Morgantown is famous for it’s alcohol consumption. You may have heard the popular phrase, “A drinking town with a football problem” used to describe it, and with the way our football season has been going, it’s pretty true. You may have also heard the phrase, “Win or lose, we still booze”—also true.
But, game day isn’t the only time students and residents binge drink. WVU has a reputation as the number one party school in the nation. The average student will spend an average of $900 per year on alcohol, that’s almost more than the cost of books for Fall and Spring semester.
We’ve all heard the phrase, “Drive sober or get pulled over.” Why do people make such a big deal out of driving under the influence? Drunk driving is the most frequently committed crime and therefore is always relevant. An alcohol-related crash kills one person every 31 minutes and injures one person every two minutes. We know drinking and driving is wrong, yet many choose to do it anyway.
Don’t think it’s a problem at WVU? Wrong. In fact, just early Sunday morning, WVU Football player Travis Bell was arrested for DUI. After conducting a survey of 45 students on their drinking and driving habits, nearly 56 percent of respondents admitted to driving while under the influence of alcohol. Seventy percent of those respondents said they only allow themselves two drinks before driving home. The problem with this is that everyone has a different alcohol tolerance level.
Blood Alcohol Content percentages vary from state to state. Morgantown is a primarily a transient city–especially with the college students in and out each semester. In West Virginia, a blood alcohol content level of .02 percent if you’re under the age of 21, a BAC of .08 percent if you’re over the age of 21 or a commercial BAC of .04 percent could land you a DUI. A first offense could cause you jail time for up to six months or a fine from $100 to $1000 depending on your BAC or even a license suspension. Additionally, refusal to take a DUI chemical test results in an automatic license suspension. In the month of October alone, the City of Morgantown cited 29 DUIs. Since the beginning of November, WVU police have cited four DUIs. If you look through these reports you’ll find that DUI isn’t just a weekend problem. In October, there was a DUI reported on nearly every day of the week.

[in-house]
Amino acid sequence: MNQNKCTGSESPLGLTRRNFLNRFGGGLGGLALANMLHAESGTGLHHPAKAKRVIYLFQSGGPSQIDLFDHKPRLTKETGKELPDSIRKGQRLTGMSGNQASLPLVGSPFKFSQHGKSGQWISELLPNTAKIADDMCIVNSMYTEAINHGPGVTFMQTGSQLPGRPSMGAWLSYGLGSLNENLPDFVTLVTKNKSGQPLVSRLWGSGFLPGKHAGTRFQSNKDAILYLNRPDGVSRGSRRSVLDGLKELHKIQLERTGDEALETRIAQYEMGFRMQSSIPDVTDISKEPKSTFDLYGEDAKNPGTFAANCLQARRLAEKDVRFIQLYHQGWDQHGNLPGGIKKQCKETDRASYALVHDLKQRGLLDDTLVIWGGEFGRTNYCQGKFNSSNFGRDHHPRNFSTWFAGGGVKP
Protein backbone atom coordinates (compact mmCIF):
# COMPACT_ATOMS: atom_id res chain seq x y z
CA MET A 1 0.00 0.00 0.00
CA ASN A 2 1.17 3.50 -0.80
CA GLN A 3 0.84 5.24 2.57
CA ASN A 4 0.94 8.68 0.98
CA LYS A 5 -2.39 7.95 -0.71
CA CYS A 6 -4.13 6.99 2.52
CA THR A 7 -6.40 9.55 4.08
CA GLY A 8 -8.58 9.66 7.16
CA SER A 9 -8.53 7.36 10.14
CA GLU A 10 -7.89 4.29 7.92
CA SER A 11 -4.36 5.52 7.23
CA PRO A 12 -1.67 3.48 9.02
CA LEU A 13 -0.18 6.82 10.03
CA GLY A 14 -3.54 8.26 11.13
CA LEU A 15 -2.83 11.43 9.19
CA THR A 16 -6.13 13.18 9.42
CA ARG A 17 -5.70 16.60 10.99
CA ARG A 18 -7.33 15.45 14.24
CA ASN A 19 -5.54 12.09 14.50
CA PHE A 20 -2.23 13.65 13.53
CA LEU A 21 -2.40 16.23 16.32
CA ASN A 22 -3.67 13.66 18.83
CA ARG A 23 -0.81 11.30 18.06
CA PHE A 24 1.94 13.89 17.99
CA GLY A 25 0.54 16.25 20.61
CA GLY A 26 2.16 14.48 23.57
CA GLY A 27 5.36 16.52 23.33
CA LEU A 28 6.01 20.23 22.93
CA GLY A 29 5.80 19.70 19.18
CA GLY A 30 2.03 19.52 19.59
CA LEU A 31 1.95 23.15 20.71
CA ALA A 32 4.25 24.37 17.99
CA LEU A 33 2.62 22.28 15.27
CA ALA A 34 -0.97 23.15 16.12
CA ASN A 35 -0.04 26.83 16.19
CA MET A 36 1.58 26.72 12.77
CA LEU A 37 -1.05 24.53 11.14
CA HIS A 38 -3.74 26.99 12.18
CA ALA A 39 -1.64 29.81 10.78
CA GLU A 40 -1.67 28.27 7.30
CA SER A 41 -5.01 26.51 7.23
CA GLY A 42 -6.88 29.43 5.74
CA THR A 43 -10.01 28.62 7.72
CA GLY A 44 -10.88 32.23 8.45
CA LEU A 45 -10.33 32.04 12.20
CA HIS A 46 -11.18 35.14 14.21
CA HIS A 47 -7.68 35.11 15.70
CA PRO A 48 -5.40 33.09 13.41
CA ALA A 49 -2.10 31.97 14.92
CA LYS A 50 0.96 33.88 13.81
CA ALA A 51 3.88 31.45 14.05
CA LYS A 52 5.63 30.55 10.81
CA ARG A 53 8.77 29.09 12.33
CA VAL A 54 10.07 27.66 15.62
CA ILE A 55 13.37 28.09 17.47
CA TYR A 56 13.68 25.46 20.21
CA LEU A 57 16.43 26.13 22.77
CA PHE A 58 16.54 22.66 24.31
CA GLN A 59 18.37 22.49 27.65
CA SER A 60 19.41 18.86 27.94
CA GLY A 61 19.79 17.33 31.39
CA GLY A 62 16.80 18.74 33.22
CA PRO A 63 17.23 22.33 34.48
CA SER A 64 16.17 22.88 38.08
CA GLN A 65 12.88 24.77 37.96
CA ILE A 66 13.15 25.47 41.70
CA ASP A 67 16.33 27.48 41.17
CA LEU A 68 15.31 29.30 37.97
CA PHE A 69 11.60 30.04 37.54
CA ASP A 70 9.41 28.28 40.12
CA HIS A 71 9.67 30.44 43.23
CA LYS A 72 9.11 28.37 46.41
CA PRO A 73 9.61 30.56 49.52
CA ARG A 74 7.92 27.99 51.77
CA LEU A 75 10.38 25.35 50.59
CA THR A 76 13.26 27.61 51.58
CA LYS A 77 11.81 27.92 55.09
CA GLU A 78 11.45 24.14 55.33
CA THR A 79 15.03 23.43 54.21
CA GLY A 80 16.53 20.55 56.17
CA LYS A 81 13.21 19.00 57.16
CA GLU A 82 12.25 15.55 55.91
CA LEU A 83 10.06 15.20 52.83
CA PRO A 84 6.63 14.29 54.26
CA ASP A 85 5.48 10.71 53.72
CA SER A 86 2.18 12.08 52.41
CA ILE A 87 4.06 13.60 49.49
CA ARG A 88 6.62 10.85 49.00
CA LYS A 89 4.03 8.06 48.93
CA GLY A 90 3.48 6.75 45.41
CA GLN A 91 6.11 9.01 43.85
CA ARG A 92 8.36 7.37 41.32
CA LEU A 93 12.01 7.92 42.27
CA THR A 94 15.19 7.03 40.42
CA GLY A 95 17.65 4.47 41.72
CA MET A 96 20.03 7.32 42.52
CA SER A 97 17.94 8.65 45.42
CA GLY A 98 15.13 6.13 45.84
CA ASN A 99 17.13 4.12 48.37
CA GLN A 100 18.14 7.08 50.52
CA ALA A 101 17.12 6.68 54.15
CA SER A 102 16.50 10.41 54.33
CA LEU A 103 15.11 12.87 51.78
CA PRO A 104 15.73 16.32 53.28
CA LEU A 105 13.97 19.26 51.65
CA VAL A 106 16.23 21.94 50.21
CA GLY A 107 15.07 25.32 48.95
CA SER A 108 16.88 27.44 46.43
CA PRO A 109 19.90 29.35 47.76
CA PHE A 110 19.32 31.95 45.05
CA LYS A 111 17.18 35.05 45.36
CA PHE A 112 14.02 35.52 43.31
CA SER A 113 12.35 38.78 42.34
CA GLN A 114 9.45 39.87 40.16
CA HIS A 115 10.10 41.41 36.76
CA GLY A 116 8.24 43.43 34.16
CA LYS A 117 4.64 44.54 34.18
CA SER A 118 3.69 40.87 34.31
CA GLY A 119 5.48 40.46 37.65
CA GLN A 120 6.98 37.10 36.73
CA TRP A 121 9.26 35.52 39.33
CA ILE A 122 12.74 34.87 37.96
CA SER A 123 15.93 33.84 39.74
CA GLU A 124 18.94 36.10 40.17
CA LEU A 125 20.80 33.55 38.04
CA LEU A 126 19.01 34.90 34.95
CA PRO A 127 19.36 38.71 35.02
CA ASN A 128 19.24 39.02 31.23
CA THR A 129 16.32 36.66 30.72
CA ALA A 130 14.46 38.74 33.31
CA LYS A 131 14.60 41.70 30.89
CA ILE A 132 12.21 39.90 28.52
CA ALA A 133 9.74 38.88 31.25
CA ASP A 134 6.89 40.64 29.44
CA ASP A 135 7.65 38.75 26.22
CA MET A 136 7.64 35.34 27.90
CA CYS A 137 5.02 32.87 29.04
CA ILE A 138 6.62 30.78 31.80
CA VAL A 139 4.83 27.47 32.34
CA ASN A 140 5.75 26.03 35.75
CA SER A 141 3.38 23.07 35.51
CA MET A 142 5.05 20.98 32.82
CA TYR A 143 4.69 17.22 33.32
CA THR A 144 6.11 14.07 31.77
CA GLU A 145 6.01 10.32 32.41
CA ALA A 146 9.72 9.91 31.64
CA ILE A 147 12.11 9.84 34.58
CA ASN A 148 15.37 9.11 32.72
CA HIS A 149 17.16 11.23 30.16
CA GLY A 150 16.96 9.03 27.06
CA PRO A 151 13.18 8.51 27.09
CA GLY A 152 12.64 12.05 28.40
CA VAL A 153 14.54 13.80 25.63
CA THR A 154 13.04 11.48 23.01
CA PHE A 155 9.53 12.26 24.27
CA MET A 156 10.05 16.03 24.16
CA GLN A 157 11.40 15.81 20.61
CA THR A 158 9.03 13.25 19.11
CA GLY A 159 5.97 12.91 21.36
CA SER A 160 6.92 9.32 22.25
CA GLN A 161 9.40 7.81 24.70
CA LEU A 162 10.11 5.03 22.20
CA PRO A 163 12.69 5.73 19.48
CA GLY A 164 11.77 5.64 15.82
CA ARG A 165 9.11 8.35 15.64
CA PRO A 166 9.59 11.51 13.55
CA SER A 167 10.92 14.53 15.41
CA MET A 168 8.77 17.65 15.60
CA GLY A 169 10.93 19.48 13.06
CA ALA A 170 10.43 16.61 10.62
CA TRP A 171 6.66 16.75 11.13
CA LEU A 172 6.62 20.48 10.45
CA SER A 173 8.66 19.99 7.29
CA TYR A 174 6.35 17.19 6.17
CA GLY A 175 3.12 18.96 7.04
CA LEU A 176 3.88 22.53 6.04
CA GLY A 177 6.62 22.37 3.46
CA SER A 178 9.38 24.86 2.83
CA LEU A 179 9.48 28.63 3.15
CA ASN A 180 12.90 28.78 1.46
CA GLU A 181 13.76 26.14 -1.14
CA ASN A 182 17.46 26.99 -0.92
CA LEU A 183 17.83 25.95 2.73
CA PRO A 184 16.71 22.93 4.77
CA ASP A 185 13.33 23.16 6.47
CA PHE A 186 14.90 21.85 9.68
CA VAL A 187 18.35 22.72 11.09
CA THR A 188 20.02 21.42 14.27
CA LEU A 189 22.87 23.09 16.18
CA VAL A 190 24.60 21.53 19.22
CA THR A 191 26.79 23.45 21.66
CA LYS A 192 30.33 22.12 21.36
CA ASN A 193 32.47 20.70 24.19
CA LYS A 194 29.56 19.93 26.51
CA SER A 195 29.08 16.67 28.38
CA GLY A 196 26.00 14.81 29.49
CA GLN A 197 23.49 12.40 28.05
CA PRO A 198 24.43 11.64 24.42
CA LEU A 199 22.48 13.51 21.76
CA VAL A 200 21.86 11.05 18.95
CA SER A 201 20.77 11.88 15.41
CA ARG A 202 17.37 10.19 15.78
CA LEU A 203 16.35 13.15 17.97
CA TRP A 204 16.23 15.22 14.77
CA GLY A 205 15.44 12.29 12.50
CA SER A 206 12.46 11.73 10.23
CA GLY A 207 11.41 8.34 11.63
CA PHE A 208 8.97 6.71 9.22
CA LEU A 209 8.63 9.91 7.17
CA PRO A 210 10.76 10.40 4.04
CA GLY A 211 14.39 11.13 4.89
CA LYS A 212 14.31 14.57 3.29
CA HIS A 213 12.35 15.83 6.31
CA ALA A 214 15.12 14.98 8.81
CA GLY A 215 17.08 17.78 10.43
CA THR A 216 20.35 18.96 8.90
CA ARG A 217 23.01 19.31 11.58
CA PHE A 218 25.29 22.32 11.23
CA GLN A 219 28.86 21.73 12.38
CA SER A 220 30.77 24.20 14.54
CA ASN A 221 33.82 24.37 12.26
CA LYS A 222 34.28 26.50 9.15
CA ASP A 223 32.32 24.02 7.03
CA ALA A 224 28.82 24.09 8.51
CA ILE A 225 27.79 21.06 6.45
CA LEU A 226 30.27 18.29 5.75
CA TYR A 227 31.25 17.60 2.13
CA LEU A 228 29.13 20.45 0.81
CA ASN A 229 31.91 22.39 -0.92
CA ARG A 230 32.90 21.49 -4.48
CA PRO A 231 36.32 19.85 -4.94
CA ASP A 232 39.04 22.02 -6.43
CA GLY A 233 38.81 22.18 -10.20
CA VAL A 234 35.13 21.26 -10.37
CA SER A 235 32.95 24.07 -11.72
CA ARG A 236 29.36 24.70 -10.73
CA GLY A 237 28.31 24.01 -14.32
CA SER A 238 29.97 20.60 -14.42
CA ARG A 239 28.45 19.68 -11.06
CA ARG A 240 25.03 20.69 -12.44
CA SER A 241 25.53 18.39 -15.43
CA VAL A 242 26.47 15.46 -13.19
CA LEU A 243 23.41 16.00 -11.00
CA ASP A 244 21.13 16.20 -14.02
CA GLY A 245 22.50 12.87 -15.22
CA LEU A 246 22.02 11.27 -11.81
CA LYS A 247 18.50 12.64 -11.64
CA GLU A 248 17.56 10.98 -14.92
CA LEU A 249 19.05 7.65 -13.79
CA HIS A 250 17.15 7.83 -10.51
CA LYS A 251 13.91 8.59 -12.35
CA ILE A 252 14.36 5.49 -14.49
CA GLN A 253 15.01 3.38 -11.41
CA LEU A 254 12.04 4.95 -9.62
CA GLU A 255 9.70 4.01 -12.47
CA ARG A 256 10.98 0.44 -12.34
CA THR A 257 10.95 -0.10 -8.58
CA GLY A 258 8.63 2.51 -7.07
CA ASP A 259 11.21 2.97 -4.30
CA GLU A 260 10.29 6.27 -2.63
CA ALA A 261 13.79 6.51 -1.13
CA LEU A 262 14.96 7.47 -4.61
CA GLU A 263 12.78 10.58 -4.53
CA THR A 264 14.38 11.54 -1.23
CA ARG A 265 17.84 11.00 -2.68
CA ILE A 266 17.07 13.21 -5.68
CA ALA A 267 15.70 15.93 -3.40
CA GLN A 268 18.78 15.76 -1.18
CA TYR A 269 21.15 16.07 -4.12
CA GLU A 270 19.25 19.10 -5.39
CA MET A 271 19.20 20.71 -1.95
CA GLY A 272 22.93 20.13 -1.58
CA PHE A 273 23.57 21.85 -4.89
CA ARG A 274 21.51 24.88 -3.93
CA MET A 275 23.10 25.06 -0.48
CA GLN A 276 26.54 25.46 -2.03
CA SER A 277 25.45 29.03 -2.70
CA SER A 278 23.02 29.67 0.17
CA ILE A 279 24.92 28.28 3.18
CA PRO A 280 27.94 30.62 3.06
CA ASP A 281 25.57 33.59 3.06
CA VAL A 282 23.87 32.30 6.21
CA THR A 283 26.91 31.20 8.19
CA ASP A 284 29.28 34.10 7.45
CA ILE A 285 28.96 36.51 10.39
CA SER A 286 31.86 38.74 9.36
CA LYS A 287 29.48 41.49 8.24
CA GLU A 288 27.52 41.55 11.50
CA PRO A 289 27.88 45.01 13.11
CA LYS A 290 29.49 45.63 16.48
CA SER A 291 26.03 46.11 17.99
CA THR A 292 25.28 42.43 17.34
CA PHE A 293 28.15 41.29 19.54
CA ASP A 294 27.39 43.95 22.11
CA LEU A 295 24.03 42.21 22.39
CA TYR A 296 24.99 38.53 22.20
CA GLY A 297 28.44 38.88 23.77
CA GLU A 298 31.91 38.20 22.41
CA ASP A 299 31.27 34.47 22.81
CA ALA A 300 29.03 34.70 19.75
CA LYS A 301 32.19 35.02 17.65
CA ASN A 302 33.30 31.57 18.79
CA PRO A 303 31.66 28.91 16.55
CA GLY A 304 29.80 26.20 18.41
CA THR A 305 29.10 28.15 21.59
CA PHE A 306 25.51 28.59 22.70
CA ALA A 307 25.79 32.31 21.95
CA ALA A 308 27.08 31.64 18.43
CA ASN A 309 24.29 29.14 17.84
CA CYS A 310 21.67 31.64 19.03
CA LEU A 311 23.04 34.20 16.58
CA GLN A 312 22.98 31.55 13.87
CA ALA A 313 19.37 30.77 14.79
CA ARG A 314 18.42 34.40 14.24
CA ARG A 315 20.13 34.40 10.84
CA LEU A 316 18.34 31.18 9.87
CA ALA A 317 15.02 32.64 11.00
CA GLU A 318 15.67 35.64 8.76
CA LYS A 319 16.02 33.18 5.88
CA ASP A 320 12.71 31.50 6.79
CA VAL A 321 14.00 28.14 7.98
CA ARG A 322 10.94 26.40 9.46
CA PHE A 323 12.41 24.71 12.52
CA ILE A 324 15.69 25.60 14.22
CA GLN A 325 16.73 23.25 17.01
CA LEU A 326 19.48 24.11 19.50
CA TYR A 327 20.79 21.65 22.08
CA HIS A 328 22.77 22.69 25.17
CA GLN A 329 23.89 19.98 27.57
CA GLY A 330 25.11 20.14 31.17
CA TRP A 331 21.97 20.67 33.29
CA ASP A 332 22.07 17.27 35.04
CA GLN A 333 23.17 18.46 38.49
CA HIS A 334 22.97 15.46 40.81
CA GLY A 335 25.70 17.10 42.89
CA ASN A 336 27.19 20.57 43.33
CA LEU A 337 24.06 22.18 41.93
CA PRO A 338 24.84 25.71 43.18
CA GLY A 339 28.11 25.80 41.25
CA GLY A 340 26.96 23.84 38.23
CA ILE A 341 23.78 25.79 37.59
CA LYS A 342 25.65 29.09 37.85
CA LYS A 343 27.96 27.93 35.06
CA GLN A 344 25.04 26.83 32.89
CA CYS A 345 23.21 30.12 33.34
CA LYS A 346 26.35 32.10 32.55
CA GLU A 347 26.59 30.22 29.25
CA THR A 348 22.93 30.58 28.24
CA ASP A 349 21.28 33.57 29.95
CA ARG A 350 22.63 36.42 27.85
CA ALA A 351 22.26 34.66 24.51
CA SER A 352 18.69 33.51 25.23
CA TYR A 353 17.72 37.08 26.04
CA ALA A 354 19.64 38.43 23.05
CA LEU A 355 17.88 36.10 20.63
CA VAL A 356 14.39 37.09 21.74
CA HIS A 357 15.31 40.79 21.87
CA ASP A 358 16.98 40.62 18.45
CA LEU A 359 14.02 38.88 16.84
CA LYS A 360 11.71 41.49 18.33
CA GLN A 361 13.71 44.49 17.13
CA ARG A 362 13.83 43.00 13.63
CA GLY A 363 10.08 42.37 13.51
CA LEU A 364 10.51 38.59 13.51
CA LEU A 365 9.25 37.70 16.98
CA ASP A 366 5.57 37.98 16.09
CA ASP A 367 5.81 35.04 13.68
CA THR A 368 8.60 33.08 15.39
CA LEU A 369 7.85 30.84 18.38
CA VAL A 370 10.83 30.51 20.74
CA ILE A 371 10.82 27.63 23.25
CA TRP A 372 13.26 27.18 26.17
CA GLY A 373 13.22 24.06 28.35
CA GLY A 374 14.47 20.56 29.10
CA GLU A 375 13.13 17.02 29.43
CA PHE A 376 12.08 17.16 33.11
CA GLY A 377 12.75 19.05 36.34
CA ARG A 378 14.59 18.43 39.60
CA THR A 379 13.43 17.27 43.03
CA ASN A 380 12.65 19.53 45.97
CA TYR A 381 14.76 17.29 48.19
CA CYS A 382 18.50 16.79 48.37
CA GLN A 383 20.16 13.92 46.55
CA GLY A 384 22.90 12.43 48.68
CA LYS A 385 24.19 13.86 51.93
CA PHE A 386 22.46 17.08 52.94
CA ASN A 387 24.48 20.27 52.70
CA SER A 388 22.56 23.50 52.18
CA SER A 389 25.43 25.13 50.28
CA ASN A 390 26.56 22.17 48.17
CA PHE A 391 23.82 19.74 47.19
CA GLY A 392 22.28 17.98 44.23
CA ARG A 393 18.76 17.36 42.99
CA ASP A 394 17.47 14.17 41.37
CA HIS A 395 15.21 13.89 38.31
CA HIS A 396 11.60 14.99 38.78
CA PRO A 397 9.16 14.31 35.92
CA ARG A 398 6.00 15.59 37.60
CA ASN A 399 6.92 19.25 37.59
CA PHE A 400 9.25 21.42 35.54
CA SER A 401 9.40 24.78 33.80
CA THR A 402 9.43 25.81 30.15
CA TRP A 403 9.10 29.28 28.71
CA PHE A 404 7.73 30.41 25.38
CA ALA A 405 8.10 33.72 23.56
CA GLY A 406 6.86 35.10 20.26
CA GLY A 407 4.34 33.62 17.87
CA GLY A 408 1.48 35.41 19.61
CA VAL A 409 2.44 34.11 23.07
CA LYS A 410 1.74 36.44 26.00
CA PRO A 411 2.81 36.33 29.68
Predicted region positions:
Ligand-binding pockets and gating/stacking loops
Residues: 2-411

One thing many people don’t realize is that just because you slept for a few hours doesn’t mean you’ll be sober when you wake up. You can still get pulled over for DUI the morning after a night of partying if you drive and your BAC is too high.
According to the survey, students are trying to be safer. Nearly 45 percent of students said they make sure they have a designated driver before they go out. Additionally, five percent say they take a bus or a taxi, 28 percent say they walk, and six percent say they call someone. However, even with all of these alternatives, 11 percent of WVU students still say they choose to drive under the influence.There are now other alternatives offered at WVU. Dub V Safe Ride is trying to help solve the DUI problem here in Morgantown. The service offers drivers who ride a foldable scooter. When contacted via the Dub V Safe ride app, the driver rides the scooter to pick up the drunk student, folds up the scooter puts it in the trunk of the car, and drives the student and their car home safely. Then, the Dub V Safe Ride driver hops back on the scooter and goes to save the next drunk student. The program services all of Morgantown and its surrounding areas. You can even make reservations for long distance calls to Fairmont, Uniontown, and Washington, PA.